|Event: Qualifying for the Bahrain Grand Prix (Round 3 of 20)
Date: Saturday, April 15
Location: Bahrain International Circuit in Sakhir
Layout: 5.412-kilometer (3.363-mile), 15-turn track
Air Temps: 29.2-32.5 degrees Celsius (84.6-90.5 degrees Fahrenheit)
Track Temps: 33.9 degrees Celsius (93 degrees Fahrenheit)
Pole Winner: Valtteri Bottas of Mercedes (1:28.769 – new track record)
Result: Romain Grosjean qualified 9th / Kevin Magnussen qualified 20th
● Lasts 18 minutes, with all 20 drivers participating
● Fastest 15 drivers advance to Q2
Grosjean: 11th quick (1:31.691), advanced to Q2
Magnussen: 20th quick (1:32.900)
Fastest Driver: Lewis Hamilton of Mercedes (1:30.814)
Cutoff: 15th-quick Fernando Alonso of McLaren (1:32.054)
● Lasts 15 minutes, featuring the 15 fastest drivers from Q1
● Fastest 10 drivers advance to Q3
Grosjean: 9th quick (1:30.857), advanced to Q3
Fastest Driver: Lewis Hamilton of Mercedes (1:29.535)
Cutoff: 10th-quick Jolyon Palmer of Renault (1:30.899)
● Lasts 12 minutes, featuring the 10 fastest drivers from Q2, all battling for the pole
Grosjean: 9th quick (1:30.763)
Pole Winner: Valtteri Bottas of Mercedes (1:28.769)
Second: Lewis Hamilton of Mercedes (1:28.792)
Haas F1 Team drivers Romain Grosjean and Kevin Magnussen qualified ninth and 20th, respectively, for the Bahrain Grand Prix Sunday at the Bahrain International Circuit in Sakhir.
Grosjean set the 11th-fastest time in Q1 with a lap of 1:31.691 and Magnussen was 20th quickest with a lap of 1:32.900. Only the top-15 drivers move on to Q2.
Grosjean was able to advance to Q2 and Magnussen was on track to do the same until the Toro Rosso of Carlos Sainz Jr. stopped prior to the final corner. The resulting caution period thwarted Magnussen’s lap, preventing him from improving his time.
In Q2, Grosjean earned the ninth fastest time with a lap of 1:30.857, which was a .834 of a second improvement from his Q1 time. Only the top-10 drivers from Q2 move on to Q3.
In Q3 for the fourth time as a Haas F1 Team driver and the second time this season, Grosjean acquitted himself well. His fast lap of 1:30.763 was .094 of a second better than his Q2 time and it allowed him to outpace the Renault of Jolyon Palmer to earn a ninth-place starting spot. Grosjean started ninth in last year’s Bahrain Grand Prix before finishing fifth, which remains Haas F1 Team’s best result.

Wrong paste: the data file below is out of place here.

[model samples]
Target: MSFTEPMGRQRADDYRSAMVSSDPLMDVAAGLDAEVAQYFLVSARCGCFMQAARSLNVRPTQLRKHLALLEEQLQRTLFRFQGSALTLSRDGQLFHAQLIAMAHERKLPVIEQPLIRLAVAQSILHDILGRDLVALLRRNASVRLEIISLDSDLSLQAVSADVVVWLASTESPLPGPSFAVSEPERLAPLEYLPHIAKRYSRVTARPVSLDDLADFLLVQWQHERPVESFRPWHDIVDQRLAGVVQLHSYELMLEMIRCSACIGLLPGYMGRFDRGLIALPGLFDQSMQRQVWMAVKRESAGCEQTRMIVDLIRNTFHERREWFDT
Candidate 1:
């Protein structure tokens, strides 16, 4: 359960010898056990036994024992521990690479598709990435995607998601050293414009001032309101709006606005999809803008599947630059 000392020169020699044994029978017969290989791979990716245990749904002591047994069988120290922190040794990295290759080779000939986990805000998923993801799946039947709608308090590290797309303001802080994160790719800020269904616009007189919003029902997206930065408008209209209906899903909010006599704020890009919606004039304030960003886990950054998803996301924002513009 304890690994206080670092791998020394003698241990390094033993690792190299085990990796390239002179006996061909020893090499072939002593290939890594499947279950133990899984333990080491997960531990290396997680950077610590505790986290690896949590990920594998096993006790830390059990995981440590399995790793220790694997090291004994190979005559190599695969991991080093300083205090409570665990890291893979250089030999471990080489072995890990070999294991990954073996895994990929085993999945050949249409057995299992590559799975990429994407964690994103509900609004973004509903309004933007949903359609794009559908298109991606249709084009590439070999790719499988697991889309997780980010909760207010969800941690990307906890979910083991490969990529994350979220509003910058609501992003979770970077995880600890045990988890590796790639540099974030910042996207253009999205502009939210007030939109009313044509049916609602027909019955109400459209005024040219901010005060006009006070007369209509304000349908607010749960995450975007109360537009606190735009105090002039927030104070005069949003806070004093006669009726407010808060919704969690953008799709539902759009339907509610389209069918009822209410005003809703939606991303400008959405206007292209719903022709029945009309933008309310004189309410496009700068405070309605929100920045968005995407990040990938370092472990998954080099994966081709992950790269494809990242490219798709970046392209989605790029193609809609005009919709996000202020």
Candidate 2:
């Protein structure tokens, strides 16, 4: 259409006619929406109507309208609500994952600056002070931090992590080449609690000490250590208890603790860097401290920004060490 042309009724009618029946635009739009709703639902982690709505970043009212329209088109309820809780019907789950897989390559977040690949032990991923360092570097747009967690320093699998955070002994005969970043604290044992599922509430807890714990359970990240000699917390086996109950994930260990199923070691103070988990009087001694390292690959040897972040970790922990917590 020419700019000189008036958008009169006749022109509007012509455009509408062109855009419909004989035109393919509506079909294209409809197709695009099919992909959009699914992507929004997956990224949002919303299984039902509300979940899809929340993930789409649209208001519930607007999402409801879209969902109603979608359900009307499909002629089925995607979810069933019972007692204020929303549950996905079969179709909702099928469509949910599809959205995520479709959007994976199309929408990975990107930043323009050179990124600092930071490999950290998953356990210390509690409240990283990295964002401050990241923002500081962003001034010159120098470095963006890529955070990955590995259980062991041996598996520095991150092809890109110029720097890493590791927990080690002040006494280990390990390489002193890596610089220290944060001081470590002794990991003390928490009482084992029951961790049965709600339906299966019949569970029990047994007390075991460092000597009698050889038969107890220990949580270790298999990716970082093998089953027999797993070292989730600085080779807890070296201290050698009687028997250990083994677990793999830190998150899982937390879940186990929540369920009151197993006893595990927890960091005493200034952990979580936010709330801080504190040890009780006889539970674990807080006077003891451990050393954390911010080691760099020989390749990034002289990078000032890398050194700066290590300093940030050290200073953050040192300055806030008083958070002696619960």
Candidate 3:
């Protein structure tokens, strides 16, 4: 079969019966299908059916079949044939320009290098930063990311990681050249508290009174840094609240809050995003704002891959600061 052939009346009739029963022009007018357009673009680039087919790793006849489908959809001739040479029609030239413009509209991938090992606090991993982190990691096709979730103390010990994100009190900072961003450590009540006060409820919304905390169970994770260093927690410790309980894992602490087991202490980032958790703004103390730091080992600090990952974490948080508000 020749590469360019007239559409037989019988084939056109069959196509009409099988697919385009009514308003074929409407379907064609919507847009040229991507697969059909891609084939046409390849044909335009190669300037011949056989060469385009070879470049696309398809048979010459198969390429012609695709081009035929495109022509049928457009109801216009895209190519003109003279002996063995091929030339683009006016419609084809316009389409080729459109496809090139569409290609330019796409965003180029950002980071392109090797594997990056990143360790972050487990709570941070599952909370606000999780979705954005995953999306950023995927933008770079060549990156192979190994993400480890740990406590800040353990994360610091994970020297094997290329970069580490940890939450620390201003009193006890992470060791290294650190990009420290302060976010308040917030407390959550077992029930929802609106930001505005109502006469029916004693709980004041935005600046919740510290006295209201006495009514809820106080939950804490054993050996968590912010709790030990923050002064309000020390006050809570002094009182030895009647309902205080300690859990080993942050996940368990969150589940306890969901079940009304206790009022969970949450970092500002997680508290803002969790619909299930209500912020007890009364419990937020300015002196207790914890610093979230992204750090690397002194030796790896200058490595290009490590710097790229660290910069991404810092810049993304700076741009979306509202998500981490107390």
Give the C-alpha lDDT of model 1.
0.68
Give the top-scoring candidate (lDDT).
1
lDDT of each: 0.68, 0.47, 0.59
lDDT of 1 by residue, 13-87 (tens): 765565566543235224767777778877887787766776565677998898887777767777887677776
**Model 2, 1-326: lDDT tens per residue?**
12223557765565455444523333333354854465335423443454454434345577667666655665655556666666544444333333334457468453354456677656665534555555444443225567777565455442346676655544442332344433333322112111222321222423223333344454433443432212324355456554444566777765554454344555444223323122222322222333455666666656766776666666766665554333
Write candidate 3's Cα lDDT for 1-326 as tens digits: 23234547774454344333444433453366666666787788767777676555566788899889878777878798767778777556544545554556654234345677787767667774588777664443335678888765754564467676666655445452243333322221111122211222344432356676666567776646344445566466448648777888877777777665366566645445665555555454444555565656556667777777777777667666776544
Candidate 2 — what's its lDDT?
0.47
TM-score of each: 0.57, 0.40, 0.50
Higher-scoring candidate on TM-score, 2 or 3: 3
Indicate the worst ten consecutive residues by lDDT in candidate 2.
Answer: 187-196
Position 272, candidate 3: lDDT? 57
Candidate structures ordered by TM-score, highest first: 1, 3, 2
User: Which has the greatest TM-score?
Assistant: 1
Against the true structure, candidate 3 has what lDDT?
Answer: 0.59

Both Grosjean and Magnussen ran exclusively on the Pirelli P Zero Red supersoft tire throughout qualifying.
Taking the pole for the Bahrain Grand Prix was Mercedes driver Valtteri Bottas. His fast lap of 1:28.769 set a new track qualifying record and was .023 of a second better than runner-up and teammate Lewis Hamilton. Hamilton held the previous track qualifying record of 1:29.493 set last year in Q3, and Bottas’ pole-winning time beat it by .724 of a second. This is Bottas’ first career Formula One pole and the Bahrain Grand Prix will mark his 80th career start.
Before Grosjean, Magnussen and the rest of their Formula One counterparts participated in knockout qualifying, they had one final practice (FP3) to dial in their racecars for a quick lap around the 5.412-kilometer (3.363-mile), 15-turn track.
Magnussen ran 13 laps and set the 17th-fastest time with a 1:34.198 on his 11th lap. Grosjean tallied 14 laps and earned his best time on his final lap – a 1:34.205 that put him 18th overall. Both drivers worked to find a balance on their respective Haas VF-17s, and the struggle was illustrated by Grosjean’s spin at the exit of turn four. The front of his car touched the barrier, knocking off the wing. The damage was negligible, however, as Grosjean was able to drive back to the garage and have it replaced. Quick work by the crew allowed him to complete five more laps before the session ended.
Quickest in FP3 was Red Bull’s Max Verstappen, whose fast lap of 1:32.194 was .110 of a second better than the next best time set by Hamilton.
“It’s been great to turn around the day as we did. We really struggled in FP3. I couldn’t feel the car. The guys did a great job setting it up for qualifying and the car felt much better from the first run in Q1. That was good and I’m very happy where we are. We’re in a great place to start the race. Last year we started P9 and finished fifth, so anything is possible. It’s going to be a long race. Tire degradation is going to be a big thing here. I’m looking forward to seeing how it goes tomorrow and seeing what we can do from ninth.”
“It’s bad luck. These things happen, but it’s always annoying. That’s how it is sometimes, but we’ve just got to get up tomorrow and have a good race. Obviously in China, race conditions were a bit easier to fight back, but we’ll still give it a go tomorrow. We’ll see if we can get through. Anything can happen, we know that. There’s no reason to give up. We’ll just do what we can.”
“Today was a difficult day, certainly in FP3, as we struggled. We couldn’t find the balance of the car and both drivers had very similar problems. We recovered as well as you can for qualifying. Romain qualified ninth, which at the moment if we have a good day is where we should be. Kevin was unlucky in Q1, again, with a double yellow. Last week it was Romain’s turn and today it was Kevin’s time, otherwise we were pretty confident he would’ve made it into Q2.
“Hindsight’s a beautiful thing. If you go out too early, where we are with our performance, we need to use the track improvement to gain the next spots. So if you go out early, you cannot get a time, you take a risk. To end up two consecutive weekends with the double yellows, that’s a little bit unlucky. If the car was faster, we wouldn’t have to take the risk. Last week we started second-to-last and Romain finished 11th. For sure, we will try to do the same tomorrow – to get back in the points, as we saw this was possible last week.”